Then during the Patrika fundraising, I saw one Bidanda Bopaya as one of the on-line contributors. From the name, I recognized he is a Kodava (known earlier as Coorgis). I contacted him with my Madikeri roots, and one thing led to another in our exchanges, which finally culminated with Mr. Bopaya writing this article for the Patrika. — Kollengode S Venkataraman

The Omkareshwara Temple is a picturesque and unique place of worship in Madikeri, the heart of a salubrious and verdant hill station in Karnataka. Our family spent summers in Kodagu, and the place remained a well-kept secret because of the absence of a railhead. Now, it is a weekend getaway to Bangalore IT techies arriving in hordes.

Steep hills studded with vibrant homes surround the temple. Legend has it that the Raja of Kodagu, Lingarajendra II, built the temple repenting for some terrible act he committed. He was advised to build a Shiva temple that would awe people, “as long as the sun and the moon are around!” He commissioned the temple, consecrating it in 1820, with a Shivalinga brought from Kashi enshrined at the temple’s sanctum.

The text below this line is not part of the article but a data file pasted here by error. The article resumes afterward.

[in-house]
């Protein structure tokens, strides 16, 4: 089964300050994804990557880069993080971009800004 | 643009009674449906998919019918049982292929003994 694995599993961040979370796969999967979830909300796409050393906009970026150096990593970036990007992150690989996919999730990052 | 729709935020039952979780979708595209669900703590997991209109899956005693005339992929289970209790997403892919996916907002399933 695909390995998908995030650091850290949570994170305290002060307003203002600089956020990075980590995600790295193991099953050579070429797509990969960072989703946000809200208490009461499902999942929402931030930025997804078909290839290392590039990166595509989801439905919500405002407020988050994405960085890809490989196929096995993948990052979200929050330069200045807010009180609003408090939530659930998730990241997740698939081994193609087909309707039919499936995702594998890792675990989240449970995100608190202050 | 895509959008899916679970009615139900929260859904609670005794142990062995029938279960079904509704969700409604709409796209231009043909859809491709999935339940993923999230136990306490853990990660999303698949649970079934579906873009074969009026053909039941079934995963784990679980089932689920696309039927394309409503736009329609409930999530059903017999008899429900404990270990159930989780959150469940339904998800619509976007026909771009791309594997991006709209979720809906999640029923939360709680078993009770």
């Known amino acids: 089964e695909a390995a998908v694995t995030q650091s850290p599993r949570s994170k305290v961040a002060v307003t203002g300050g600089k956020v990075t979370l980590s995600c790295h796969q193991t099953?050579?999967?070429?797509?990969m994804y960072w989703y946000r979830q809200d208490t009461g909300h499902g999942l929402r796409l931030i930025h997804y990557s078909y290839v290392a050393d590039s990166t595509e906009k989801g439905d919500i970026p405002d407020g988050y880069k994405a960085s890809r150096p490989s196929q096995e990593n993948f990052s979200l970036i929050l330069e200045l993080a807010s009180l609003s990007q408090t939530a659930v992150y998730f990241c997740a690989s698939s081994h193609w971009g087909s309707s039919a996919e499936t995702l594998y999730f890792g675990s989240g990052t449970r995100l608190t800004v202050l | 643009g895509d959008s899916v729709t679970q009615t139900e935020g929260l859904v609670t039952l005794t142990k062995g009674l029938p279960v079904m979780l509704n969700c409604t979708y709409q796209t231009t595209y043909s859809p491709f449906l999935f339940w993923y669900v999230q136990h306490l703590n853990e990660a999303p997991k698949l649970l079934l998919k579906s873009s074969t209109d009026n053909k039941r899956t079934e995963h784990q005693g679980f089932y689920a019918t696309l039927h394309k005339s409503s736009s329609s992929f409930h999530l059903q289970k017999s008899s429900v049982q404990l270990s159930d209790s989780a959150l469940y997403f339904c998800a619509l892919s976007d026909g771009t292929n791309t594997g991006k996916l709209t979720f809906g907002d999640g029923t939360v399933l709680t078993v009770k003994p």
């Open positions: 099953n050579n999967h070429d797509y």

Omkareshwara Devasthana with its dome and four minarets.

Omkareshwara Devasthana is the only known example of a Shiva temple — for that matter, any Hindu temple — built like a mosque with four turrets (or minarets) at each corner and a dome at the center. The rationale for this one-of-a-kind architectural style (Islamic with a Gothic touch) for a Hindu temple is not precisely known even though the temple is only 200 years old, given the frosty relations between the Kodavas and Muslims, thanks to Tipu Sultan (1750-1799), who repeatedly invaded and unsuccessfully tried to take control of the region. Search the web under Tipu Sultan and Kodavas to get multiple perspectives of this complicated relationship.

Given today’s strife-ridden global situation among all religions, it is inspiring that one Hindu temple integrated multiple styles of architecture into its place of worship two centuries ago. As children, we played hide-and-seek with our extended family around the temple.